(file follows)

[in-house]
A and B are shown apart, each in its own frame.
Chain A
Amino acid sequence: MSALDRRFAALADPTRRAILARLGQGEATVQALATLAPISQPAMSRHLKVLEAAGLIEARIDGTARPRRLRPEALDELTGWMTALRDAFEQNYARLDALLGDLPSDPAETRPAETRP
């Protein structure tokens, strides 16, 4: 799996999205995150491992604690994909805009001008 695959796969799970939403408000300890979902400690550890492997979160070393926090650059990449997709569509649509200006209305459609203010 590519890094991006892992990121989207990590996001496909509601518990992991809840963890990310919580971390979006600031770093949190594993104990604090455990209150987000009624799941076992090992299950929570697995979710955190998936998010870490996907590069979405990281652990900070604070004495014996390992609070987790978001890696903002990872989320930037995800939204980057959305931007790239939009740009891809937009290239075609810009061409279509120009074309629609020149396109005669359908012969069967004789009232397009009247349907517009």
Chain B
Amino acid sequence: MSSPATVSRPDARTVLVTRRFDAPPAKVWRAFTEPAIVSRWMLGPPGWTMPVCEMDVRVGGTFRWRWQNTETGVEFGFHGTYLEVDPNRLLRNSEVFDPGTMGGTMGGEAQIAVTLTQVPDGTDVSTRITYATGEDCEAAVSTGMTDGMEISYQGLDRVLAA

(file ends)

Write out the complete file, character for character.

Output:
[in-house]
A and B are shown apart, each in its own frame.
Chain A
Amino acid sequence: MSALDRRFAALADPTRRAILARLGQGEATVQALATLAPISQPAMSRHLKVLEAAGLIEARIDGTARPRRLRPEALDELTGWMTALRDAFEQNYARLDALLGDLPSDPAETRPAETRP
């Protein structure tokens, strides 16, 4: 799996999205995150491992604690994909805009001008 695959796969799970939403408000300890979902400690550890492997979160070393926090650059990449997709569509649509200006209305459609203010 590519890094991006892992990121989207990590996001496909509601518990992991809840963890990310919580971390979006600031770093949190594993104990604090455990209150987000009624799941076992090992299950929570697995979710955190998936998010870490996907590069979405990281652990900070604070004495014996390992609070987790978001890696903002990872989320930037995800939204980057959305931007790239939009740009891809937009290239075609810009061409279509120009074309629609020149396109005669359908012969069967004789009232397009009247349907517009």
Chain B
Amino acid sequence: MSSPATVSRPDARTVLVTRRFDAPPAKVWRAFTEPAIVSRWMLGPPGWTMPVCEMDVRVGGTFRWRWQNTETGVEFGFHGTYLEVDPNRLLRNSEVFDPGTMGGTMGGEAQIAVTLTQVPDGTDVSTRITYATGEDCEAAVSTGMTDGMEISYQGLDRVLAA